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No picnic: Man fined $880 says he was just taking a rest

cbc.ca logo cbc.ca 2020-04-29 Idil Mussa
A pedestrian walks past a boarded up business in downtown Ottawa during the COVID-19 pandemic on Thursday, April 16, 2020. © THE CANADIAN PRESS/Sean Kilpatrick A pedestrian walks past a boarded up business in downtown Ottawa during the COVID-19 pandemic on Thursday, April 16, 2020.

An Ottawa man handed a hefty fine for breaking physical distancing rules is disputing a bylaw officer's claim that he was having a picnic in a city park, arguing he had only stopped to take a call while his pregnant wife continued walking.

Wasim Soufi, 35, said he and his wife, Rasha Haj Ali, 30, ventured to Strathcona Park in Sandy Hill on April 18 to go for a walk on the advice of Ali's doctor.

Ali was due to give birth any day. The couple's daughter, Julia Soufi, was born Friday.

"I was just forced to go outside because of my wife who needs to walk," said Soufi, who arrived in Canada in November 2017 as a refugee from Syria.

Soufi said the trouble began when he received an international call on his mobile phone. As Ali continued walking, he sat on the grass — away from other pedestrians — to take the call.

"I just sat down for maybe one or two minutes," he said.

Prior warning given, city says

But according to a statement to CBC from Roger Chapman, the city's director of bylaw and regulatory services, an officer observed Soufi "having a picnic on a blanket with open food containers." Chapman added Soufi had "previously received a verbal warning approximately 2.5 hours earlier the same day" for contravening physical distancing restrictions, which forbid any activity in city parks other than passing through.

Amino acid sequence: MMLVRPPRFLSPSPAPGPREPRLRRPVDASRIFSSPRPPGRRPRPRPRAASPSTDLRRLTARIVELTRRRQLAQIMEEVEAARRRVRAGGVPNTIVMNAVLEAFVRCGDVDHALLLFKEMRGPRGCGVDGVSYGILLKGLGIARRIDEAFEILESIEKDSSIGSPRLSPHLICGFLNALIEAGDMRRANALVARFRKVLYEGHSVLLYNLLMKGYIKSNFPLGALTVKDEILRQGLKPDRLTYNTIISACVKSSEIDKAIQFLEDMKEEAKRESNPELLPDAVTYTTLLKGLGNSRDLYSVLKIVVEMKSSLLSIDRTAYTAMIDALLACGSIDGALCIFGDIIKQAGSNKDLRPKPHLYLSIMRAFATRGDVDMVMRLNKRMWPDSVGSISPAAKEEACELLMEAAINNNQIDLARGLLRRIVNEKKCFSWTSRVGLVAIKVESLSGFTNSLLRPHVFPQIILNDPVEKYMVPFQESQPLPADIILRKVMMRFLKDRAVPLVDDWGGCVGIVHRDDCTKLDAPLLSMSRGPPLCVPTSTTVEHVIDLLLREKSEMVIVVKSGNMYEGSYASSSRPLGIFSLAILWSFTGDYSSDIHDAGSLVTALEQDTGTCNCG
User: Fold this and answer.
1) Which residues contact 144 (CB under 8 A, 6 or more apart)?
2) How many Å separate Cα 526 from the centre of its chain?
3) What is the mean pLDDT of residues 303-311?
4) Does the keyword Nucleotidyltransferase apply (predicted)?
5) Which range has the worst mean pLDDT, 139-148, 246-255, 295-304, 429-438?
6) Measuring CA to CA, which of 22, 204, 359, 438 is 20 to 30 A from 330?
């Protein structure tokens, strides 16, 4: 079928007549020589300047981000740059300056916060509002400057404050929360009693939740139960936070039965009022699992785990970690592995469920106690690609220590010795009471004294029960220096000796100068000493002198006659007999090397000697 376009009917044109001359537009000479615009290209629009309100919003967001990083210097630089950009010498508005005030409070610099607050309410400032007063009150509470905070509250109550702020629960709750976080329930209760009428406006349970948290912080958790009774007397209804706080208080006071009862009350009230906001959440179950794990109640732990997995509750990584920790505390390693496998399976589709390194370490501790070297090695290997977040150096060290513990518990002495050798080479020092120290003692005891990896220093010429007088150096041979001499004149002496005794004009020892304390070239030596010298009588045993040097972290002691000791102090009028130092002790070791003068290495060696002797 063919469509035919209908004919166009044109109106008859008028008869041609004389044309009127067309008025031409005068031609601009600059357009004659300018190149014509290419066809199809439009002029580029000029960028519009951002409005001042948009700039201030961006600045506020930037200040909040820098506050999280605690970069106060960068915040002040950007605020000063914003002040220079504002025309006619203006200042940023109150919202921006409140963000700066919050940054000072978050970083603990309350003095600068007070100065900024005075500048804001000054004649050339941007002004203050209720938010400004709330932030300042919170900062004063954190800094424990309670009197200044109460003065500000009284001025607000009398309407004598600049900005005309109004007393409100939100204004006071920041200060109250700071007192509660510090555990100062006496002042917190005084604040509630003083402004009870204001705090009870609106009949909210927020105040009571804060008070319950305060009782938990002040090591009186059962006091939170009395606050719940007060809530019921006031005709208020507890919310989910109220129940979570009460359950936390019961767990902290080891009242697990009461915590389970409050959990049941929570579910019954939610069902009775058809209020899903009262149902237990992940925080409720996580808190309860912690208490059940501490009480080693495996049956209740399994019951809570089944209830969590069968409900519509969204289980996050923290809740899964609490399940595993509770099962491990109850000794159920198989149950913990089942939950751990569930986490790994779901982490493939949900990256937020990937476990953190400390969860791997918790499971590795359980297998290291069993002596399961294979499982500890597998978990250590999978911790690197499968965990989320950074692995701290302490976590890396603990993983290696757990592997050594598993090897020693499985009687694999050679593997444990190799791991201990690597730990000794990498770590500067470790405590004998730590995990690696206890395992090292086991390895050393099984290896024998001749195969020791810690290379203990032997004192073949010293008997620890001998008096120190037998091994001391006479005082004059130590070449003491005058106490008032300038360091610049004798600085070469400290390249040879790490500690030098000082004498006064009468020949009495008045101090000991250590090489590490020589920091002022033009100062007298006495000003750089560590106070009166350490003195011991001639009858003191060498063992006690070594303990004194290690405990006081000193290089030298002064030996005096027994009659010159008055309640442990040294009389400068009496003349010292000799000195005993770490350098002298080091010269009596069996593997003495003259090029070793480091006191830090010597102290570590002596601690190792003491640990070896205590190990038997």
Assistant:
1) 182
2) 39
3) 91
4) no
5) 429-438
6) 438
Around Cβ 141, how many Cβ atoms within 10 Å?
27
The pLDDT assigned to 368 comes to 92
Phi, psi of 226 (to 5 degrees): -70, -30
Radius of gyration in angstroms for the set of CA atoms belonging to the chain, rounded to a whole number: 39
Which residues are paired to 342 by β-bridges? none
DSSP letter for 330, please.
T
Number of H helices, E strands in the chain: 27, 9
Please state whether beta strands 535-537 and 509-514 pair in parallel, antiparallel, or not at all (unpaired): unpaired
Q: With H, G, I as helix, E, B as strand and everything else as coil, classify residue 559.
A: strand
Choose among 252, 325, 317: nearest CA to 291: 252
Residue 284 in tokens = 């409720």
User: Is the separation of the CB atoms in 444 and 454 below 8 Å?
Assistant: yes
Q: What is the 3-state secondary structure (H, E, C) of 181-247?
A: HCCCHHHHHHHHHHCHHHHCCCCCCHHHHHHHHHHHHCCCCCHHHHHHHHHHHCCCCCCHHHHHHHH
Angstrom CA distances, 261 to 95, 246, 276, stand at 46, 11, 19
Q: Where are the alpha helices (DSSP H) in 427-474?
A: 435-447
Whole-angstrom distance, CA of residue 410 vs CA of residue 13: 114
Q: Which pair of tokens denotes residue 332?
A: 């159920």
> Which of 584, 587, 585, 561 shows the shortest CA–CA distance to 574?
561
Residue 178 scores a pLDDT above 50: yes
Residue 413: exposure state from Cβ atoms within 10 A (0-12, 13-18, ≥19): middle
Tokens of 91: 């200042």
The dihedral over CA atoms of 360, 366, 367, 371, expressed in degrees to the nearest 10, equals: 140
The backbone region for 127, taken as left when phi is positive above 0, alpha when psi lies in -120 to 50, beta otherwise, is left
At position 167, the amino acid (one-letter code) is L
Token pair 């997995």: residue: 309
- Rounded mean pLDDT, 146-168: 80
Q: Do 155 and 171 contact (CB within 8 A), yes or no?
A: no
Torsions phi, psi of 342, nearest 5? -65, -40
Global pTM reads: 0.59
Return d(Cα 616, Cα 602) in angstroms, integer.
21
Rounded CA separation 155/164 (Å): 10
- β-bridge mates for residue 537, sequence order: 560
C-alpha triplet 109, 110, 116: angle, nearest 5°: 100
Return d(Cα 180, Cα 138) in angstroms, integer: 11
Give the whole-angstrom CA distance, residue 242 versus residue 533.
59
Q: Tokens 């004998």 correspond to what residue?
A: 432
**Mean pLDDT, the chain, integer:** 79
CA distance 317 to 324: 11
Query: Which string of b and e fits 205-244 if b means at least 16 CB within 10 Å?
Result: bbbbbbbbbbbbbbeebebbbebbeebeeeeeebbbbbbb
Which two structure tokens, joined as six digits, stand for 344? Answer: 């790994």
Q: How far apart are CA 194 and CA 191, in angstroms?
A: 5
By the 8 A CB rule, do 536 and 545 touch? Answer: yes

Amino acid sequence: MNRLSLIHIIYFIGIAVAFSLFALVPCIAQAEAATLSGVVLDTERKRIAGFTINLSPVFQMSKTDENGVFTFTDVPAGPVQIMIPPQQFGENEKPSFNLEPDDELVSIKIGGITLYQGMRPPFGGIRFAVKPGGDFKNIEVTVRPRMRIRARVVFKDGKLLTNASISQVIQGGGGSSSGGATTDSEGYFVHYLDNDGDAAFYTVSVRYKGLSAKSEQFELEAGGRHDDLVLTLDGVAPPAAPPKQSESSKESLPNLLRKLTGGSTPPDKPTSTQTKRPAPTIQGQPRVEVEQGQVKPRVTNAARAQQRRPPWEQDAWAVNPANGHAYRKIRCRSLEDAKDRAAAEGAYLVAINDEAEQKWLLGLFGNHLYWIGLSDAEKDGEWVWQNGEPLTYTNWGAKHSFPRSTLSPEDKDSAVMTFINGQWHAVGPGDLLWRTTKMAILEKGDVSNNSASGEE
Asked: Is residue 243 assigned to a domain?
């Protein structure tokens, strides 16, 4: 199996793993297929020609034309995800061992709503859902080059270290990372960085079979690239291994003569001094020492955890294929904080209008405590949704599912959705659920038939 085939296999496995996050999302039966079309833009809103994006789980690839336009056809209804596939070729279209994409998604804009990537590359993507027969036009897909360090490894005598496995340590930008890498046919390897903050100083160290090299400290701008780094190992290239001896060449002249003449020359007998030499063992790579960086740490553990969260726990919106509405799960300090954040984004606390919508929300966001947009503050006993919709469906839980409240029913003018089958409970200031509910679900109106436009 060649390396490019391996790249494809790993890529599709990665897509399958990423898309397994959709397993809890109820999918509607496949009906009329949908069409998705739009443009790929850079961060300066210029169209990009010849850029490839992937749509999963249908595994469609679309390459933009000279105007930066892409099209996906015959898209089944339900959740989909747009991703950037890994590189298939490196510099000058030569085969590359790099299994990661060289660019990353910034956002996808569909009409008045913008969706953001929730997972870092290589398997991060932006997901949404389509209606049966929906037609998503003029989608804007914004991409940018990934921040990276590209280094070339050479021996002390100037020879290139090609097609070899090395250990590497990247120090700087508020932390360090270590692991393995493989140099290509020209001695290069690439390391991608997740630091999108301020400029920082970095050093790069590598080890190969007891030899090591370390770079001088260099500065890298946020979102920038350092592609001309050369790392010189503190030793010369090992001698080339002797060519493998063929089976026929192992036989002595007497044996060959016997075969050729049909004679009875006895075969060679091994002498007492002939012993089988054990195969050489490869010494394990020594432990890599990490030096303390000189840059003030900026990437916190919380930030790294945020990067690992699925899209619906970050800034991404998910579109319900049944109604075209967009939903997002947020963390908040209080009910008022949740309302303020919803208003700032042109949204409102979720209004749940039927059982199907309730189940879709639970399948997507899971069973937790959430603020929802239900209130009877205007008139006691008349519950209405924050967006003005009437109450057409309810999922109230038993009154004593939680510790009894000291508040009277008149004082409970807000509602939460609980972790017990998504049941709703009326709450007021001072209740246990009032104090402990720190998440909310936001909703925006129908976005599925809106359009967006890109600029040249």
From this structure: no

While Soufi admitted to carrying a water bottle and a bag of cucumbers he had just purchased, he said there was no blanket and no picnic, and he denied receiving prior warning.

"I told [the bylaw official] it wasn't a picnic, I just stopped," he said.

But Chapman insisted "bylaw and regulatory services had a previous interaction with [Soufi] and issued a verbal warning at the time.... [Soufi] confirmed he understood the restrictions in effect and on the second interaction was issued a charge under the Emergency Management and Civil Protections Act."

That charge carries with it a fine totalling $880.

'Not a small amount'

Soufi said he had previously asked another bylaw officer to clarify the physical distancing rules, and said he was told people can't gather in groups or sit on benches. He said he had no idea it was also against the law to sit on the grass for a few minutes.

"Eight-hundred [and] eighty [dollars] is not a small amount," Soufi said. "I cannot afford [the fine] with all of these big expenses for the baby."

Anyone receiving a ticket can declare their intention to fight the charge online.

According to the city, since April 3, bylaw officials have "responded to more than 3,527 calls pertaining to suspected violations of COVID-19 measures and issued 104 tickets. The nature of these calls include violations of park closures, gatherings of more than five people and non-exempted businesses that continue to provide services."

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